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Communication In Korea-an Exchange Student Perspective
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승인 2008.02.20  23:35:42
트위터 페이스북 미투데이 요즘 네이버 구글 msn

   
 
   
 

This weekend, while wandering around the Seoul?subway, I met a Turkish man; the first foreigner ?(besides my classmates) I have met in Korea.  We talked for a long time, and knowing I would write an article on the subject, I asked him many questions about communication between foreigners and Koreans. For someone who has spent several years in Korea, opened a business here, and even married a Korean woman, I was surprised at how pessimistic his answer was.  To sum up his answer, he basically said that the longer you stay in Korea, the harder it is to adapt and accept the differences in culture, and communicating beyond a superficial level is more complicated than it seems at first.  As I reach my second month in Korea, I am starting to see the complexities of communication between people of two very different cultures.  Although so many people here speak fluent English, understanding one another goes further than common language.  Culture, customs, and etiquette are also incredibly important in communicating.
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  As exchange students at Chung Ang University, most of us cannot speak Korean.  Although most of our classmates speak English very well, they are often shy to use English.  Approaching foreigners can be equally intimidating for some, and many students I have met were shy at first, admitting it was the first time to talk to a foreigner in Korea.  Still, however, alcohol and an open mind is always helpful in breaking down cultural barriers. ?In fact, my personal experiences in communicating with Koreans have been amazing to say the least.  I have made many friends here who I love and can trust with anything.  Even with Americans, this kind of friendship is rare.  For me, language is usually irrelevant because I know my friends so well, and if we can't communicate with language, we can still understand each other through body language, facial expressions or just knowing each other's personality.  I feel so lucky to have met so many amazing and down to earth people while living in Korea. ?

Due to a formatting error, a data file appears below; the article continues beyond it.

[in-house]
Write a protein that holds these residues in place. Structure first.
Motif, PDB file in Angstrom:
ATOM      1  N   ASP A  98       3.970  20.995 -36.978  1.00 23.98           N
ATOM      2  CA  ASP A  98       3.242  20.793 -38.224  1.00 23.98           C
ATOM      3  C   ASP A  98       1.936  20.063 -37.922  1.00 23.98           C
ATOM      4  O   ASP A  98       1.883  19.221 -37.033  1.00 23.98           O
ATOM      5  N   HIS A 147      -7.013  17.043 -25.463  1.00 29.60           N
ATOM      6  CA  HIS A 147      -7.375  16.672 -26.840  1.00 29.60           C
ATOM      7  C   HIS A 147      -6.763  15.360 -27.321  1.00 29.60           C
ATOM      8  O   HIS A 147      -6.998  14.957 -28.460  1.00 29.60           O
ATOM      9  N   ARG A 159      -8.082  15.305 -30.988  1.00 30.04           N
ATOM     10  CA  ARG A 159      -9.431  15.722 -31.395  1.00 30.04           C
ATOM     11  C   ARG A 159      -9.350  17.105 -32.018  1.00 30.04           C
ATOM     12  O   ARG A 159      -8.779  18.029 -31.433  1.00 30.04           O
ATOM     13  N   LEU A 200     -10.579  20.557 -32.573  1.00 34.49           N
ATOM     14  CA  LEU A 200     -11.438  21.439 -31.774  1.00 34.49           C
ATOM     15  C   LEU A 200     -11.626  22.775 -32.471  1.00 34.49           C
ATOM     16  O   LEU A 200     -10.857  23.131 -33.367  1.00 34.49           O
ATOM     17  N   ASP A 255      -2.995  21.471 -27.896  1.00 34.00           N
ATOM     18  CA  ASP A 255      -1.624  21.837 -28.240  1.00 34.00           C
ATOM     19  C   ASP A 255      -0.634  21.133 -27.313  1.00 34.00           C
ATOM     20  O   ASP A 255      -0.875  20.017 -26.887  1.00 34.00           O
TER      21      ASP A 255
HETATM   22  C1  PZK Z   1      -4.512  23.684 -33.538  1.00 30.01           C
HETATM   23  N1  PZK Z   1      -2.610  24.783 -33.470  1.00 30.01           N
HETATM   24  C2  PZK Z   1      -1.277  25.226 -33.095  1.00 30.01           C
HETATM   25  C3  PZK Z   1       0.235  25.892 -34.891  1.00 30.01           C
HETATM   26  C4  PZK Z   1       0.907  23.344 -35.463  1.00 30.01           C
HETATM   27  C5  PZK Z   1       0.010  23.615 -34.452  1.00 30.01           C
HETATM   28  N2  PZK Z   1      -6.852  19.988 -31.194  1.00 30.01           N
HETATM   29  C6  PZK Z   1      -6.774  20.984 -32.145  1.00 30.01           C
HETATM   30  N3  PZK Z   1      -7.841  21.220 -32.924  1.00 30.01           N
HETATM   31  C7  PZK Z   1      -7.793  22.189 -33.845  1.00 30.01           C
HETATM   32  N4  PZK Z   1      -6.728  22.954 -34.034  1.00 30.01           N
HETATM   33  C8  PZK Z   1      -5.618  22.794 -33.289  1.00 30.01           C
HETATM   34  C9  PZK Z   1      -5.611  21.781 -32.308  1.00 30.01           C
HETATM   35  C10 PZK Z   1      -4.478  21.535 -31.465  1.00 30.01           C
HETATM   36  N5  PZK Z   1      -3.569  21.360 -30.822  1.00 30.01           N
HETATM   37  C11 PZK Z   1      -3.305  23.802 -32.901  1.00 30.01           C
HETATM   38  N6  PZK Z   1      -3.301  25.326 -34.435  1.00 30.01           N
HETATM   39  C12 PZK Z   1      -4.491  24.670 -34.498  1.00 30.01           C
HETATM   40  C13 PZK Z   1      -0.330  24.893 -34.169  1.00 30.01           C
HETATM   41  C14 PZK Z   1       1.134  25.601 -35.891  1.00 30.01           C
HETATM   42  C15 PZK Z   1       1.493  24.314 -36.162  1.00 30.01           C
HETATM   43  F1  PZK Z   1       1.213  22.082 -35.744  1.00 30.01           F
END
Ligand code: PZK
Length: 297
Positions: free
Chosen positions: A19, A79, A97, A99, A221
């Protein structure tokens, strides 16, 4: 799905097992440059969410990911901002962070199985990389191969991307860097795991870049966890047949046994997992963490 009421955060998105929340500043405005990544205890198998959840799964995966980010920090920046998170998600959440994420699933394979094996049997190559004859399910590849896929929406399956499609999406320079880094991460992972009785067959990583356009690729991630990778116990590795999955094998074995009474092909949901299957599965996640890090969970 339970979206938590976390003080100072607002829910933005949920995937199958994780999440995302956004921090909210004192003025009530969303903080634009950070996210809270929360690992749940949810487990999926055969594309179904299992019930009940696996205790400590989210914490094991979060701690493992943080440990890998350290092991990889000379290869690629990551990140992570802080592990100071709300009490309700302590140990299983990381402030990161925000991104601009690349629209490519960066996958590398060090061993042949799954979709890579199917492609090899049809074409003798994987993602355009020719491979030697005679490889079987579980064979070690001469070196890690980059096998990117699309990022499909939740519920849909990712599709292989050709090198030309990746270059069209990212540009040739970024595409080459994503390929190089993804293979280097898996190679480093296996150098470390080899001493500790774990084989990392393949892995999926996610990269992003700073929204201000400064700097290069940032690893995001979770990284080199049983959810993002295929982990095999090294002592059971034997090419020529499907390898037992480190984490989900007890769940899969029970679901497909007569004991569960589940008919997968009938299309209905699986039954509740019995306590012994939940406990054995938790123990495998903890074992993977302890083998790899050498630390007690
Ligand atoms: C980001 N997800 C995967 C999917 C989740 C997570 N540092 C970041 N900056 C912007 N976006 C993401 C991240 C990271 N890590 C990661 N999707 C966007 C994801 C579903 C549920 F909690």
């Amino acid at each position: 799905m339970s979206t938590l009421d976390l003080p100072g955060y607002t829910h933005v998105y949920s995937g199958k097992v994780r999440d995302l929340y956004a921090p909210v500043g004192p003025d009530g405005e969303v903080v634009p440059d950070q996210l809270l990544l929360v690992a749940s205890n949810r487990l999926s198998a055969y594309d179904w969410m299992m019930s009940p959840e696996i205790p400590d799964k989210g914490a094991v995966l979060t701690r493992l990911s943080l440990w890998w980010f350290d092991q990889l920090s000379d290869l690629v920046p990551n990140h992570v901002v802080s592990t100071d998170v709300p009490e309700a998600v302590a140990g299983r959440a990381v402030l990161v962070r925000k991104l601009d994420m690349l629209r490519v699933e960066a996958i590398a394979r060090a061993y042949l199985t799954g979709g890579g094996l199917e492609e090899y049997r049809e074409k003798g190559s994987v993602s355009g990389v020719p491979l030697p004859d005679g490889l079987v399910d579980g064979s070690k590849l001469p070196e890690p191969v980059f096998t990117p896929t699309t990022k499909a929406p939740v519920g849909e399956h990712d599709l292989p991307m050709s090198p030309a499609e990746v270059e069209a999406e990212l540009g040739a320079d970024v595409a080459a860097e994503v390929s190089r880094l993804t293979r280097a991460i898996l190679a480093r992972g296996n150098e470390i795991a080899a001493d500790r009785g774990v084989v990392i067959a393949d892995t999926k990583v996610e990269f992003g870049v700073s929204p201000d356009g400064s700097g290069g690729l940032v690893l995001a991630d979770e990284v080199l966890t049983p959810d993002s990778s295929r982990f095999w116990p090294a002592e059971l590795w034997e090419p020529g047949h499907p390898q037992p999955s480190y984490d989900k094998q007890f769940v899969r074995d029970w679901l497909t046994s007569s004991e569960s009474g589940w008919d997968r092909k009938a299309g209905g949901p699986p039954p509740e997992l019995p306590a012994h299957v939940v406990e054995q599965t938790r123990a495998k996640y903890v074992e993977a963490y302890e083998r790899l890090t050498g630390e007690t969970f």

However, I'm not sure everyone is as lucky as I am. For others, it is hard to make true friendships with Korean students.  Sometimes, talking to people with a language barrier takes so much energy and more time. It is easier to simply talk to someone of the same country.  Foreigners everywhere have the tendency to stick together.

In addition to fear of communication, there are also many things that just don’t translate from one language to another.  I have encountered many Korean words that have no true equivalent in English.  Also, words can have different connotations that do not always carry from one language to another.  So when communicating with someone from another country, it is important to know their language too.  For example, Korean language has so many forms of speaking, and using polite forms for respected people is very important. Without understanding the language rules, how can we truly understand the culture?
Still, however, it seems that many Koreans find it easier to talk to foreigners because they view us as more open than other Koreans.  I don’t think this is always true; however it is a common stereotype that Western people are more open minded and less conservative.  From my experiences here, I feel like people are very open with me. Even with other Americans, it is not common to have such deep and open conversations, and it is really flattering when people feel they can trust me.

Despite the communication barriers, I've learned that body language, laughter, and true friendship need no?words.  If two people are dedicated enough to put the effort into communicating, then their friendship will only be stronger.  The best way is to just try to communicate whatever you are thinking, feeling, or interested in.  As long as you are passionate about the topic, there are many ways of expressing what you want to say.  In the end, everyone gains from true, straightforward interaction.  Even when I can’t understand someone, I appreciate their efforts.  So if you ever have the opportunity to step outside your comfort zone and talk to someone from another culture, don’t ever let that opportunity pass you by.
  By Gwendolyn L. Rouse
  Guest reporter/
glrouse2080@winona.edu

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